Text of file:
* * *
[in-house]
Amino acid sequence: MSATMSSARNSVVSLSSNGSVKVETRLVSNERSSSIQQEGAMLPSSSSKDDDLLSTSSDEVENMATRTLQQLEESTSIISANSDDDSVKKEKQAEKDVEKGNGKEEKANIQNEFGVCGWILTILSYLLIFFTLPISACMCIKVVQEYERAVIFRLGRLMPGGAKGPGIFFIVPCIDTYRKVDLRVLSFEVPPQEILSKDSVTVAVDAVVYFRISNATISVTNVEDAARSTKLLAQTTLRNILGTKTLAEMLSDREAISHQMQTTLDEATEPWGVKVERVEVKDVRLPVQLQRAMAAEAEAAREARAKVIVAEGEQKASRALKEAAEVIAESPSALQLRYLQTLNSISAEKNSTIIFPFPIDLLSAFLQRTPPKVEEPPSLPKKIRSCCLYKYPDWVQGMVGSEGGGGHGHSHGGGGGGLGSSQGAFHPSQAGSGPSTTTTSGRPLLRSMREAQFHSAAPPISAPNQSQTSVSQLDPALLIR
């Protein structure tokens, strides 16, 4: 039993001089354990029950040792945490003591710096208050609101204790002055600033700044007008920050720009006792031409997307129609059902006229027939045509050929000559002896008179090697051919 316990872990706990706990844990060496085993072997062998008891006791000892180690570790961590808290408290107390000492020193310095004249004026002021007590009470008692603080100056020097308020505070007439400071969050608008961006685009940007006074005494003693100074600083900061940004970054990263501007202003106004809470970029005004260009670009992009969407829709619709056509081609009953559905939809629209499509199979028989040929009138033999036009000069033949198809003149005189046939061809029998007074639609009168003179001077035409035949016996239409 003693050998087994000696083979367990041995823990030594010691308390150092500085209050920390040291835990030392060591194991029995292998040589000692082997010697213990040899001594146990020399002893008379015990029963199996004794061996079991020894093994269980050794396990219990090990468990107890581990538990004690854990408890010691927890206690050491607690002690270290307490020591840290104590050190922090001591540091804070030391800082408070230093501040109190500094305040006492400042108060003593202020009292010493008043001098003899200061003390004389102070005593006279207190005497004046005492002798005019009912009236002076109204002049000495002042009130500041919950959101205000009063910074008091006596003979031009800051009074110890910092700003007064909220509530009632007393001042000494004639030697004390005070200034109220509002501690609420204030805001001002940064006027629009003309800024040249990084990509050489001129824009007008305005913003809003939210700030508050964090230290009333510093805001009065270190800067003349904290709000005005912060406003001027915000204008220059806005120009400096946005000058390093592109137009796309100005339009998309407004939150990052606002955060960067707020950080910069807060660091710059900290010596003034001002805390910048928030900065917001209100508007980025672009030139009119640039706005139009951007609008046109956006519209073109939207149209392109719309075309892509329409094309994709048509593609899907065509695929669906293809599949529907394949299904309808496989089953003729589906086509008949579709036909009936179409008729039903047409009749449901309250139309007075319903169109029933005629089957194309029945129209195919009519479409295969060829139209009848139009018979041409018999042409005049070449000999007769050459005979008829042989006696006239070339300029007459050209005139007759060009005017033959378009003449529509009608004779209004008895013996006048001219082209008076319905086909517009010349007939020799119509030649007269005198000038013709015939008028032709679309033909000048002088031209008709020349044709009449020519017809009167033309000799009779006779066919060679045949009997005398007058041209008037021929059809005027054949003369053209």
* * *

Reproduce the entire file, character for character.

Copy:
[in-house]
Amino acid sequence: MSATMSSARNSVVSLSSNGSVKVETRLVSNERSSSIQQEGAMLPSSSSKDDDLLSTSSDEVENMATRTLQQLEESTSIISANSDDDSVKKEKQAEKDVEKGNGKEEKANIQNEFGVCGWILTILSYLLIFFTLPISACMCIKVVQEYERAVIFRLGRLMPGGAKGPGIFFIVPCIDTYRKVDLRVLSFEVPPQEILSKDSVTVAVDAVVYFRISNATISVTNVEDAARSTKLLAQTTLRNILGTKTLAEMLSDREAISHQMQTTLDEATEPWGVKVERVEVKDVRLPVQLQRAMAAEAEAAREARAKVIVAEGEQKASRALKEAAEVIAESPSALQLRYLQTLNSISAEKNSTIIFPFPIDLLSAFLQRTPPKVEEPPSLPKKIRSCCLYKYPDWVQGMVGSEGGGGHGHSHGGGGGGLGSSQGAFHPSQAGSGPSTTTTSGRPLLRSMREAQFHSAAPPISAPNQSQTSVSQLDPALLIR
């Protein structure tokens, strides 16, 4: 039993001089354990029950040792945490003591710096208050609101204790002055600033700044007008920050720009006792031409997307129609059902006229027939045509050929000559002896008179090697051919 316990872990706990706990844990060496085993072997062998008891006791000892180690570790961590808290408290107390000492020193310095004249004026002021007590009470008692603080100056020097308020505070007439400071969050608008961006685009940007006074005494003693100074600083900061940004970054990263501007202003106004809470970029005004260009670009992009969407829709619709056509081609009953559905939809629209499509199979028989040929009138033999036009000069033949198809003149005189046939061809029998007074639609009168003179001077035409035949016996239409 003693050998087994000696083979367990041995823990030594010691308390150092500085209050920390040291835990030392060591194991029995292998040589000692082997010697213990040899001594146990020399002893008379015990029963199996004794061996079991020894093994269980050794396990219990090990468990107890581990538990004690854990408890010691927890206690050491607690002690270290307490020591840290104590050190922090001591540091804070030391800082408070230093501040109190500094305040006492400042108060003593202020009292010493008043001098003899200061003390004389102070005593006279207190005497004046005492002798005019009912009236002076109204002049000495002042009130500041919950959101205000009063910074008091006596003979031009800051009074110890910092700003007064909220509530009632007393001042000494004639030697004390005070200034109220509002501690609420204030805001001002940064006027629009003309800024040249990084990509050489001129824009007008305005913003809003939210700030508050964090230290009333510093805001009065270190800067003349904290709000005005912060406003001027915000204008220059806005120009400096946005000058390093592109137009796309100005339009998309407004939150990052606002955060960067707020950080910069807060660091710059900290010596003034001002805390910048928030900065917001209100508007980025672009030139009119640039706005139009951007609008046109956006519209073109939207149209392109719309075309892509329409094309994709048509593609899907065509695929669906293809599949529907394949299904309808496989089953003729589906086509008949579709036909009936179409008729039903047409009749449901309250139309007075319903169109029933005629089957194309029945129209195919009519479409295969060829139209009848139009018979041409018999042409005049070449000999007769050459005979008829042989006696006239070339300029007459050209005139007759060009005017033959378009003449529509009608004779209004008895013996006048001219082209008076319905086909517009010349007939020799119509030649007269005198000038013709015939008028032709679309033909000048002088031209008709020349044709009449020519017809009167033309000799009779006779066919060679045949009997005398007058041209008037021929059809005027054949003369053209």